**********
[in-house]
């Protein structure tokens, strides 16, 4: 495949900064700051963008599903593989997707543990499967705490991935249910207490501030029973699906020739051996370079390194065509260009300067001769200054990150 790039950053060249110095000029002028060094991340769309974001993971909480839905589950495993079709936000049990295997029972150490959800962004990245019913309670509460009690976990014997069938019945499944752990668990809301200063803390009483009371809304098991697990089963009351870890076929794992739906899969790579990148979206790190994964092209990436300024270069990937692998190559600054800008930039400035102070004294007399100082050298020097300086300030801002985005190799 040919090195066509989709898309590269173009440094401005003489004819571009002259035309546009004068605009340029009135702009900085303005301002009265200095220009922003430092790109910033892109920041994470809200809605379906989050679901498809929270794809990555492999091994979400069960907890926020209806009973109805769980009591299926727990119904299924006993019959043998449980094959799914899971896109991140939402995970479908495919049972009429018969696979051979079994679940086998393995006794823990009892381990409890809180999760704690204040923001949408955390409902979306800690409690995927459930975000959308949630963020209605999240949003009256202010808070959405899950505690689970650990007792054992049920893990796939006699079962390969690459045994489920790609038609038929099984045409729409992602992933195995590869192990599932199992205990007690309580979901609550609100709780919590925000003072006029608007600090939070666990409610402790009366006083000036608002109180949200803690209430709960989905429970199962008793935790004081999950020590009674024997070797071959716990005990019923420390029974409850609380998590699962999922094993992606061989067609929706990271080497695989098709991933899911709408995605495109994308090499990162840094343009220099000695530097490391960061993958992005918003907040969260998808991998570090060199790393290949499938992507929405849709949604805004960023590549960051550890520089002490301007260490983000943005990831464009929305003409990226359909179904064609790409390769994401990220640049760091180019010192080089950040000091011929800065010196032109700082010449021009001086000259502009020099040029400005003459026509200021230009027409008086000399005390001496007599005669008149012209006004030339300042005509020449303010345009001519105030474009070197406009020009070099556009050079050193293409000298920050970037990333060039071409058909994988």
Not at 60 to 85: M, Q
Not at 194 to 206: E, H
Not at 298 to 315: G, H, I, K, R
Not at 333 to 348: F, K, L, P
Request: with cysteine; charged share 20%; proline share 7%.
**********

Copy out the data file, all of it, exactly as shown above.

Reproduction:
[in-house]
């Protein structure tokens, strides 16, 4: 495949900064700051963008599903593989997707543990499967705490991935249910207490501030029973699906020739051996370079390194065509260009300067001769200054990150 790039950053060249110095000029002028060094991340769309974001993971909480839905589950495993079709936000049990295997029972150490959800962004990245019913309670509460009690976990014997069938019945499944752990668990809301200063803390009483009371809304098991697990089963009351870890076929794992739906899969790579990148979206790190994964092209990436300024270069990937692998190559600054800008930039400035102070004294007399100082050298020097300086300030801002985005190799 040919090195066509989709898309590269173009440094401005003489004819571009002259035309546009004068605009340029009135702009900085303005301002009265200095220009922003430092790109910033892109920041994470809200809605379906989050679901498809929270794809990555492999091994979400069960907890926020209806009973109805769980009591299926727990119904299924006993019959043998449980094959799914899971896109991140939402995970479908495919049972009429018969696979051979079994679940086998393995006794823990009892381990409890809180999760704690204040923001949408955390409902979306800690409690995927459930975000959308949630963020209605999240949003009256202010808070959405899950505690689970650990007792054992049920893990796939006699079962390969690459045994489920790609038609038929099984045409729409992602992933195995590869192990599932199992205990007690309580979901609550609100709780919590925000003072006029608007600090939070666990409610402790009366006083000036608002109180949200803690209430709960989905429970199962008793935790004081999950020590009674024997070797071959716990005990019923420390029974409850609380998590699962999922094993992606061989067609929706990271080497695989098709991933899911709408995605495109994308090499990162840094343009220099000695530097490391960061993958992005918003907040969260998808991998570090060199790393290949499938992507929405849709949604805004960023590549960051550890520089002490301007260490983000943005990831464009929305003409990226359909179904064609790409390769994401990220640049760091180019010192080089950040000091011929800065010196032109700082010449021009001086000259502009020099040029400005003459026509200021230009027409008086000399005390001496007599005669008149012209006004030339300042005509020449303010345009001519105030474009070197406009020009070099556009050079050193293409000298920050970037990333060039071409058909994988």
Not at 60 to 85: M, Q
Not at 194 to 206: E, H
Not at 298 to 315: G, H, I, K, R
Not at 333 to 348: F, K, L, P
Request: with cysteine; charged share 20%; proline share 7%.